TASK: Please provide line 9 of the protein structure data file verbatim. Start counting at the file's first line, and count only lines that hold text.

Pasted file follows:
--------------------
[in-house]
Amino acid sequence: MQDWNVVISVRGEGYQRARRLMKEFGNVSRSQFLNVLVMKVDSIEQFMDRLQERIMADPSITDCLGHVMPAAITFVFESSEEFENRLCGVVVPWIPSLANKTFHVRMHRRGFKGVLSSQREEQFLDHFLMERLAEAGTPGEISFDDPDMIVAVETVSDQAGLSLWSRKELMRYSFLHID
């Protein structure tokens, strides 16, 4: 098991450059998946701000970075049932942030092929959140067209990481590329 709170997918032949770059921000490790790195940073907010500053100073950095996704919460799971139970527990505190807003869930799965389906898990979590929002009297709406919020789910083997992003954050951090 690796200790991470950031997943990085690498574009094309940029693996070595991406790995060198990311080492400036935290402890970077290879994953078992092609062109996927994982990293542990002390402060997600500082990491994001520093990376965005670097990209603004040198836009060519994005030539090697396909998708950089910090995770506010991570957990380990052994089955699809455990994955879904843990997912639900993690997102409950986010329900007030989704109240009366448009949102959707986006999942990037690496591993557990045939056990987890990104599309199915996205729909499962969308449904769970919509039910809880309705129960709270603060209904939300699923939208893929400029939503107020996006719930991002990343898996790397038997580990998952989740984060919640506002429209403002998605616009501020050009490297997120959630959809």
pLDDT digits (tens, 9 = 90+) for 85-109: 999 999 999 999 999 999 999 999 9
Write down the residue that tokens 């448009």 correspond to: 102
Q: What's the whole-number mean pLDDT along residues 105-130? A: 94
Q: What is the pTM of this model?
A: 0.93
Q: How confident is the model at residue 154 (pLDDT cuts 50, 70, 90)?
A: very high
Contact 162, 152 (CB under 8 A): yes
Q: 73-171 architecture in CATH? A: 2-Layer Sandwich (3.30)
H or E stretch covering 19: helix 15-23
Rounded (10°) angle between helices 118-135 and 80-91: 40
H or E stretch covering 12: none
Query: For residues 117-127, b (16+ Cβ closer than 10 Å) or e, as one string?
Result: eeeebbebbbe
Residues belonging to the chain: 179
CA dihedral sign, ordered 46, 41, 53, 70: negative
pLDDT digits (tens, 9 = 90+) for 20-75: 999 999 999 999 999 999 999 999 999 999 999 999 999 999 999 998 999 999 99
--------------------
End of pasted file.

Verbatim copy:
Q: How confident is the model at residue 154 (pLDDT cuts 50, 70, 90)?